The possessed could not have been created from anything other than the possessor's own self, as there existed none but the possessor. Although the possessor and the possessed are considered to be two separate identities, in reality they are one. The possessor realizes the possessed through the medium of his own consciousness, which forms three aspects, the Trinity, of the one Being. The German philosopher Hegel says, 'If you say God is one, it is true; if you say He is two, that is also true; and if you say He is three, that is true too, because it is the nature of the world.'

God is regarded from three points of view: personality, morality, and reality. According to the first view, God is the most high; man is dependent upon Him and is His most obedient servant. According to the second view, God is the all-merciful and all- Master of the Day of judgment, while all evil is from Satan. The third is the philosophic view that God is the beginning and end of all, having Himself no beginning nor end. As a Sufi mystic has said, 'The universe is the manifestation of Allah, where from His own unity He created, by involution, variety – the state of various names and forms – thereby distinguished as Allah, worthy of all praise and worship.'

According to Sufi tenets the two aspects of the supreme Being are termed Zat and Sifat, the Knower and the Known. The former is Allah and the latter Muhammad. Zat being only one in its existence, cannot be called by more than one name, which is Allah; and Sifat, being manifold in four different involutions, has numerous names, the sum of them all being termed Muhammad. The ascending and descending forms of Zat and Sifat form the circle of the Absolute. These two forces are called Nuzul and Uruj, which means involution and evolution. Nuzul begins from Zat and ends in Sifat; Uruj starts from Sifat and ends in Zat, Zat being the negative and Sifat the positive force.

Zat projects Sifat from its own self and absorbs it within itself. It is a rule of philosophy that the negative cannot lose its negativeness by projecting the positive from itself, though the positive covers the negative within itself, as the flame covers the fire. The positive has no independent existence, yet it is real because projected from the real, and it may not be regarded as an illusion. Human ignorance persists in considering Zat to be separate from Sifat, and Sifat independent of Zat.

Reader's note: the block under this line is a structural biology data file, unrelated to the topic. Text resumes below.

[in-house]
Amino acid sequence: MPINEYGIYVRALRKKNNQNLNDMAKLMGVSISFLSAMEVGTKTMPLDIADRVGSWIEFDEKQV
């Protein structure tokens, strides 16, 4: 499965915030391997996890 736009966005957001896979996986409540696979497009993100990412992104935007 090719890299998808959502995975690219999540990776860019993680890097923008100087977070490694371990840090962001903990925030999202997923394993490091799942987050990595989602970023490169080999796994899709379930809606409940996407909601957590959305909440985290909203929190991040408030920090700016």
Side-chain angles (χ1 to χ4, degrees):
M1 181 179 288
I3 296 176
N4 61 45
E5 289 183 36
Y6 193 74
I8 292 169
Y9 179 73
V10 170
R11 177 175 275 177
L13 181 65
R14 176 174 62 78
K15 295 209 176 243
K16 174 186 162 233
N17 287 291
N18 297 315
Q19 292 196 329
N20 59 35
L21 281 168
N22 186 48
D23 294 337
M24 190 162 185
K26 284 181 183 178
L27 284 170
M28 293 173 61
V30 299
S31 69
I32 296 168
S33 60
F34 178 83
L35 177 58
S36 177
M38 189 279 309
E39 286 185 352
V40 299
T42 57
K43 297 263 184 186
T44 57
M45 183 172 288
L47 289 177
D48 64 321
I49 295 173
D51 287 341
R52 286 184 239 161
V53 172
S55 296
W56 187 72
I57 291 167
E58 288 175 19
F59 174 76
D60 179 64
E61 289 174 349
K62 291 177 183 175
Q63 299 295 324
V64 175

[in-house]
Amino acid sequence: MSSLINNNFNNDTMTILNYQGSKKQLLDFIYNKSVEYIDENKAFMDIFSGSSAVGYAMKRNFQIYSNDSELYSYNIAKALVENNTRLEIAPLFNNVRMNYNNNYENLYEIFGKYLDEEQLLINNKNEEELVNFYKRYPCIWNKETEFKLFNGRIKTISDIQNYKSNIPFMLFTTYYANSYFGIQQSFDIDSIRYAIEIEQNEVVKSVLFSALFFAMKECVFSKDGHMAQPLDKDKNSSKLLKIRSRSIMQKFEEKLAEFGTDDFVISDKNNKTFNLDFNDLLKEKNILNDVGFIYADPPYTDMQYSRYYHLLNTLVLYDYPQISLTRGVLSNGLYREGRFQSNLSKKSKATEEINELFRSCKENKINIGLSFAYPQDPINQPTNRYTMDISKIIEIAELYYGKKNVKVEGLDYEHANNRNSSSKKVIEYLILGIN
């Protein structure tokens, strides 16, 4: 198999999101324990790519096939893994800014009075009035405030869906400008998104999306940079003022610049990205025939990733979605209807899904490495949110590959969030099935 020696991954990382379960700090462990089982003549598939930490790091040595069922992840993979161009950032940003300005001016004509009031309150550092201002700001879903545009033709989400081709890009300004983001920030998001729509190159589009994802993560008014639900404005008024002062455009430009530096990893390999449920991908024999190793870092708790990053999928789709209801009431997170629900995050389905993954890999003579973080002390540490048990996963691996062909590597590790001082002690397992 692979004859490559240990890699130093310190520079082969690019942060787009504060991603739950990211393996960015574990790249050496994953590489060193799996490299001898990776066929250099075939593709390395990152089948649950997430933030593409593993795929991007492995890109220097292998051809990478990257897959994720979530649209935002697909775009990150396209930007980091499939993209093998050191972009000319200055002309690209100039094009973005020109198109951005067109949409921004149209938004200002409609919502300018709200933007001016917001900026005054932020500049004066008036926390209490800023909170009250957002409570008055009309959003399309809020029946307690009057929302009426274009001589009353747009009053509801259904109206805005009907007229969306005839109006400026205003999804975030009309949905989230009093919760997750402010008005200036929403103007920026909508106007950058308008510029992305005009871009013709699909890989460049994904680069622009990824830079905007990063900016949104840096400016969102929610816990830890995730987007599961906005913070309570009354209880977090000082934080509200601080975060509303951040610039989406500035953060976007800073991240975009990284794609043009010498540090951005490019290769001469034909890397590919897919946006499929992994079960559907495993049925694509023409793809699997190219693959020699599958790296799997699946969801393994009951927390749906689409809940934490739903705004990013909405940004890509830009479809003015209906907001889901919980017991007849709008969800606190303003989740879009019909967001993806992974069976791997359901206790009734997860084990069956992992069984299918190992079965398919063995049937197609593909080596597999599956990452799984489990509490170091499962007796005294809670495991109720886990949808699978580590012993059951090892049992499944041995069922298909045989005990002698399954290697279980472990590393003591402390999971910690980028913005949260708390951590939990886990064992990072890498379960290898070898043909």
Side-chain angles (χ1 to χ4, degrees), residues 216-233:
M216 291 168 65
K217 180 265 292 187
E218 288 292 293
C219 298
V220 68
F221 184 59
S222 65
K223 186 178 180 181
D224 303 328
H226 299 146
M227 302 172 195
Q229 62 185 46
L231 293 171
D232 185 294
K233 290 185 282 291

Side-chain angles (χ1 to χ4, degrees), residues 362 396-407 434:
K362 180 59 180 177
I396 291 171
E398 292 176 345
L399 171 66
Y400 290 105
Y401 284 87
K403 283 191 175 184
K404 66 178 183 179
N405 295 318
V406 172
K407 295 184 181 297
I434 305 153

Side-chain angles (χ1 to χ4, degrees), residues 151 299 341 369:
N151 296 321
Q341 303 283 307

We may ask: why we should worship God, and whether the theoretical knowledge of His law in nature is not sufficient For the highest realization. The answer is: no. Theoretical knowledge of a subject can never take the place of experience, which is necessary for realization. Written music cannot entertain us unless it is played, nor the description of perfume delight our senses unless we smell it, no recipes of the most delicious dishes satisfy our hunger. Nor can the theory of God give complete joy and peace; we must actually realize God or attain that state of realization which gives eternal happiness through the admiration and worship of nature's beauty and its source.

The Beloved is all in all,
the lover only veils him;
The Beloved is all that lives,
the lover a dead thing.

Jalaluddin Rumi, Mathnawi I:30

Different methods called religions and philosophies have been adopted by different nations at various periods. Though the form and teachings of the several religions appear so unlike, their source is one and the same. But from the very beginning the differences have created prejudice, envy, and antagonism between man. Such dissensions occupy a large portion of the histories of the world and have become the most important subject in life.

So many castes and so many creeds,
So many faiths, and so many beliefs,
All have arisen from ignorance of man,
Wise is he who only truth conceives.

A wise man realizes that the fundamental basis of all religions and beliefs is one: Haqq, or truth. The truth has always been covered by two garments: a turban on the head, and a robe upon the body. The turban is made of mystery known as mysticism, and the robe is made of morality, which is called religion. Truth has been covered thus by most of the prophets and saints, in order to hide it from ignorant eyes, as yet too undeveloped to bear it in its naked form. Those who see the truth uncovered, abandon reason and logic, and bad, high and low, new and old; differences and distinctions of names and forms fade away, and the whole universe is realized as nothing other than Haqq. Truth in its realization is one; in its representation it is many, since its revelations are made under varying conditions of time and space.

As water in a fountain flows in one stream but falls in many drops, divided by time and space, so are the revelations of the one stream of truth. Not everyone can comprehend the idea of different truths being derived from the one truth. Common sense has been so narrowly trained in this world of variety, that it naturally fails to realize the breadth and subtlety of a spiritual fact so far beyond the reach of its limited reasoning.